HUNTING IN WYOMING

Why Do We Trap?


Why Do We Trap?

  

You may be wondering if trapping has its place in today’s world? Or if trapping is humane? Does it cause extirpation of species, and is it scientifically supported? 

On this page you will find answers to some of these commonly asked questions. If you have more questions please reach out to a member of the Department’s Furbearer Working Group here. 

 
  1. The species of wildlife that are trapped are abundant. Regulated trapping does not cause wildlife to become endangered. 

  • Only common and abundant species of wildlife can be legally trapped in Wyoming. 

  • No threatened, endangered, or state protected animals (like river otter, lynx and wolverine) can be legally trapped. 

  • Many wildlife populations naturally produce a surplus of animals each year that can be harvested without harming the populations. 

  • The environment contains only enough food, water, and habitat for a certain number of animals of each species (carrying capacity). 

  • Although not the case for all wildlife species, some wildlife populations may exceed the habitat’s carrying capacity without the regulated capture and removal of some animals. Potential results include: 

    • Threats to human health and safety; 

    • Damage to the animals’ habitat; 

    • Damage to agricultural crops or other human structures; 

    • Death from starvation or disease outbreaks.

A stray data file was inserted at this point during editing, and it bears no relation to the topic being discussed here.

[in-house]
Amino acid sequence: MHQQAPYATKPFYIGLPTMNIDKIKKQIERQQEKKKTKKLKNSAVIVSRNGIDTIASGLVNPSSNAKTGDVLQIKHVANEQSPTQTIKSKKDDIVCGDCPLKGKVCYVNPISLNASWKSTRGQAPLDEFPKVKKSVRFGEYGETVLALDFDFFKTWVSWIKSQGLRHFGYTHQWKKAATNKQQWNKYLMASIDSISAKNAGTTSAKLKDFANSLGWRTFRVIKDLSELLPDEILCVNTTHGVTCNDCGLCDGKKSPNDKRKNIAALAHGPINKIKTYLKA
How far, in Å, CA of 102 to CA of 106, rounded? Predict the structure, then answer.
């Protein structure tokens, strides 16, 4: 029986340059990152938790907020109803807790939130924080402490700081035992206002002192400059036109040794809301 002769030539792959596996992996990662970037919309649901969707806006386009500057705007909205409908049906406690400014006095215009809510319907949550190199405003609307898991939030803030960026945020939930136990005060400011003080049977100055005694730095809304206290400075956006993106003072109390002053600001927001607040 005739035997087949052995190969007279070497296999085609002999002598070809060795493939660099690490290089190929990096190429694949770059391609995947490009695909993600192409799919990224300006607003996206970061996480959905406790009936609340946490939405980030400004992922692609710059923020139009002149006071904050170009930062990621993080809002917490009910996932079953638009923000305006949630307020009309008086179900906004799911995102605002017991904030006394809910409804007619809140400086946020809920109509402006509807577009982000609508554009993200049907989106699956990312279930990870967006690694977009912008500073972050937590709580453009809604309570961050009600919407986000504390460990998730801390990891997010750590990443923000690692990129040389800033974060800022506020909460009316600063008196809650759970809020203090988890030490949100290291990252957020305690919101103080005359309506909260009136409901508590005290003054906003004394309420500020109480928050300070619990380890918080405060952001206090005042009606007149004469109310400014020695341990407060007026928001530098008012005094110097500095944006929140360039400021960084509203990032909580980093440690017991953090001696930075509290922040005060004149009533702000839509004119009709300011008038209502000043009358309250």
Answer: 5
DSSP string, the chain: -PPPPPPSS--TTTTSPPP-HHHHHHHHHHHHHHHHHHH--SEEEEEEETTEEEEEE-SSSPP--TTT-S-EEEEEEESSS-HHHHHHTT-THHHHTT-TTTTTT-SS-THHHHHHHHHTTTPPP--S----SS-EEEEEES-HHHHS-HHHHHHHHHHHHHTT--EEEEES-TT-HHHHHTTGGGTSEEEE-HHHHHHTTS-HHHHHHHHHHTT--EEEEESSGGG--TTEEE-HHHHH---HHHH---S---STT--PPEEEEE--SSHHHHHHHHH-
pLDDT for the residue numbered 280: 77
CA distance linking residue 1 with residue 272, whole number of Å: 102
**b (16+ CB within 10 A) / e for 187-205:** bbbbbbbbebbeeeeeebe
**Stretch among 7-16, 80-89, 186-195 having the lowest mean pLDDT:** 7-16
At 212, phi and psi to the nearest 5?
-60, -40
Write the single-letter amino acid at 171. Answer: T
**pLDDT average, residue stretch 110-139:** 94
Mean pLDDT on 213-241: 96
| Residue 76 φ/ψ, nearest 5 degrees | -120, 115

1. Furbearer trapping in Wyoming is regulated by the Wyoming Game and Fish Department through scientifically based laws, rules and regulations that are enforced by game wardens. 

  • Trapping is endorsed and regulated by trained wildlife professionals who dedicate their lives to sound wildlife management. The Wildlife Society recently reaffirmed its position on the value of regulated trapping to wildlife management.

  • Trapping of furbearers is not allowed year-round. 

  • Trapper education is recommended and the Wyoming Game and Fish Department is working toward making it a requirement.

 
  1. The Wyoming Game and Fish Department recently worked with stakeholder groups to look at developing rules, regulations and education programs to ensure the humaneness of trapping. 

  • The Department is currently involved and has a long history in the Best Management Practices (BMP) project, a major national project in cooperation with other states, the U.S. Department of Agriculture, trappers’ associations, and experienced veterinarians to evaluate various traps. 

  • Wildlife professionals support the use of the best available technology to ensure humane trapping and handling of animals. 

  • Trapping BMPs also assessed the safety of these tools and techniques, as well as improvements to selectivity and humaneness. 

  • Trappers and wildlife management professionals support Best Management Practices because they care about the welfare of wild animals and realize the benefit regulated trapping has in wildlife management.

 
  1. Regulated trapping provides many benefits to wildlife and people in our state by: 

  • Helping to maintain a balance between wildlife and people: 

    • By reducing or preventing damage to agricultural crops and human property; 

    • In certain situations, reducing or preventing threats to human and pet health and safety (e.g., minimizing exposure to diseases such as rabies). 

  • Collecting important ecological information about wildlife; 

  • Funding wildlife conservation (trapping license fees paid by trappers are used for the protection of wildlife habitat and populations). 

  • Providing food or a source of supplemental income for some participants. 

 

For more detailed information on trapping’s role in wildlife conservation and in today’s world, see the Association of Fish and Wildlife Agencies and The Wildlife Society. 

Conserving Wildlife - Serving People